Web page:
As a number of modern sexual misconduct cases demonstrate, often there are multiple charges against a single individual under circumstances in which the proof of an individual charge may fall short of the required standard of proof, but in which it is clear – overwhelmingly, or beyond a reasonable doubt – that at least one of the charges is true, even if we cannot be sure which one. Building on earlier work by myself and Richard Zeckhauser, by Alon Harel and Ariel Porat, and by Ariel Porat and Eric Posner, among others, this paper, prepared for the World Congress on Evidential Reasoning at the University of Girona, offers a sympathetic examination of sanction imposition – in and out of formal legal proceedings – on the basis of aggregate probabilities, and addresses a series of common objections. And the paper suggests that the greatest value of aggregating low (or lower) probability charges may be greatest outside of the official judicial process. It hints as well, although inconclusively, at the larger question of why the law focuses on acts when it is imposing sanctions, rather than focusing on the actors who may have committed those acts.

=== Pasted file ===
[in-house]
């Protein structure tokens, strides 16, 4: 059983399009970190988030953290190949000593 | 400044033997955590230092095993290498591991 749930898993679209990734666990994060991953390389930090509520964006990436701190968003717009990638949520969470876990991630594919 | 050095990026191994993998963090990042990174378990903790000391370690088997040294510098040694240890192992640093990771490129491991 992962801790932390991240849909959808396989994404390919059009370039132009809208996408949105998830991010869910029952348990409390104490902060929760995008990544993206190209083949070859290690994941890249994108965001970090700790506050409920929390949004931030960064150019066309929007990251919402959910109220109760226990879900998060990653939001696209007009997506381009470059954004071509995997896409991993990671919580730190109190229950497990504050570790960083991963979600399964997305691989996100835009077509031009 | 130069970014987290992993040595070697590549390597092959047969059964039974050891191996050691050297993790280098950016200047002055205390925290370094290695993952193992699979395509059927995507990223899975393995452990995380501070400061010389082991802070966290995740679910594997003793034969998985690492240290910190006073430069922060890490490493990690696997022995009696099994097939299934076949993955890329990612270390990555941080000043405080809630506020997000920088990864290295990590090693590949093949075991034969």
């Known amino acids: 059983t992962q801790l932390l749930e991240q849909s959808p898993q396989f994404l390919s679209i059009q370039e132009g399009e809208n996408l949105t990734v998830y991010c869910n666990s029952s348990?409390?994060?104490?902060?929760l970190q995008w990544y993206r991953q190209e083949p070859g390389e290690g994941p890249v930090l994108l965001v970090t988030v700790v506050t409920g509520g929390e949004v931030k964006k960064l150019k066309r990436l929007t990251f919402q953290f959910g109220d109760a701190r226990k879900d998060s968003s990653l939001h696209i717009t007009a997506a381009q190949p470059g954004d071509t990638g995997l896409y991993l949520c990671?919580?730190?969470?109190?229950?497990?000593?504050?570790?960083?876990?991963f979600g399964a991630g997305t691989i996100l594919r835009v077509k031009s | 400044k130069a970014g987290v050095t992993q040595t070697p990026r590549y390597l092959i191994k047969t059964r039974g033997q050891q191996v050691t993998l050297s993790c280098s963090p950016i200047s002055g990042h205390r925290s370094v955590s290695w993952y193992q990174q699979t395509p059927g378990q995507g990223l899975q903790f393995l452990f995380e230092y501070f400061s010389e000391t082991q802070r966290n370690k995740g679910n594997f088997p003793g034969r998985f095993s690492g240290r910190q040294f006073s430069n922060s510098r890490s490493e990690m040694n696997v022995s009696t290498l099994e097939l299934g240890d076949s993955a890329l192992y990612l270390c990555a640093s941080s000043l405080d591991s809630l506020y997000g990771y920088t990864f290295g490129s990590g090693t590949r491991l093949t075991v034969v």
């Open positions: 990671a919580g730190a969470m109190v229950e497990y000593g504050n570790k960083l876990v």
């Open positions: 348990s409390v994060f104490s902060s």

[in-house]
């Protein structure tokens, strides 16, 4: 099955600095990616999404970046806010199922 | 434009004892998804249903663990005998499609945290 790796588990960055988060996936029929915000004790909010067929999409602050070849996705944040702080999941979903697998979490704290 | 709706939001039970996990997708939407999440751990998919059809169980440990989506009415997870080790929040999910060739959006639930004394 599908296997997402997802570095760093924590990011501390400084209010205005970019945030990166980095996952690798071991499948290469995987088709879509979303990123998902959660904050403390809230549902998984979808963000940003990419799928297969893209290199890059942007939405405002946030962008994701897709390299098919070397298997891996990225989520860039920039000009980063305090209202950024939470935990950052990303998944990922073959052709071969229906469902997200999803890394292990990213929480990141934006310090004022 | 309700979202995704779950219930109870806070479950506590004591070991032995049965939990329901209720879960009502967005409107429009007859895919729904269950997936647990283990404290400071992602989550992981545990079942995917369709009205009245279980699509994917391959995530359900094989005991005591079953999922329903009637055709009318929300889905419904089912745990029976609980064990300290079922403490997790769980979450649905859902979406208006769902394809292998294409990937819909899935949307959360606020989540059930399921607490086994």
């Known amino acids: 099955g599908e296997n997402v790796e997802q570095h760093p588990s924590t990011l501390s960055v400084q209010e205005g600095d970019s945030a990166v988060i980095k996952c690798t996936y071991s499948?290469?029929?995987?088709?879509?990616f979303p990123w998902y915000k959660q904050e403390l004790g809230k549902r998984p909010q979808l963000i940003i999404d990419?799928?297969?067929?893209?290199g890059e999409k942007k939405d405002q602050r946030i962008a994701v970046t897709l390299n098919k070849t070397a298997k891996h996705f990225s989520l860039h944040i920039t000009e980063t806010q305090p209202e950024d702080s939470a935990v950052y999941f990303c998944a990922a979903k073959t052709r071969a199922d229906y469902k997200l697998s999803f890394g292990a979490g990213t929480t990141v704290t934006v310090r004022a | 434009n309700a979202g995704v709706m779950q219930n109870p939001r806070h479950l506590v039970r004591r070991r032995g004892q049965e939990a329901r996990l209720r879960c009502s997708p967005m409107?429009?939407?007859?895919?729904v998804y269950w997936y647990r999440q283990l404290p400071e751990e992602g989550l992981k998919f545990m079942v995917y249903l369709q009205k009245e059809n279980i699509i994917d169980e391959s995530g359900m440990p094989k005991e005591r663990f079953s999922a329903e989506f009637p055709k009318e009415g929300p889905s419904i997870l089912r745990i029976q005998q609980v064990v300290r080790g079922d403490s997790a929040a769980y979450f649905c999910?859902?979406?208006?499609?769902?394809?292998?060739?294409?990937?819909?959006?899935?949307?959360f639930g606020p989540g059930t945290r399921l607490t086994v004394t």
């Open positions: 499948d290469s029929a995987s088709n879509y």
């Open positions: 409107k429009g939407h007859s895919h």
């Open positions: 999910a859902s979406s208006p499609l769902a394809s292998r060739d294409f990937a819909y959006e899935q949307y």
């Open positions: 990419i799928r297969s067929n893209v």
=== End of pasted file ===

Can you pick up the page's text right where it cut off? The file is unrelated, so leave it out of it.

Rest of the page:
Frederick Schauer, Statistical Evidence and the Problem of Specification, Episteme 1–10 (2021).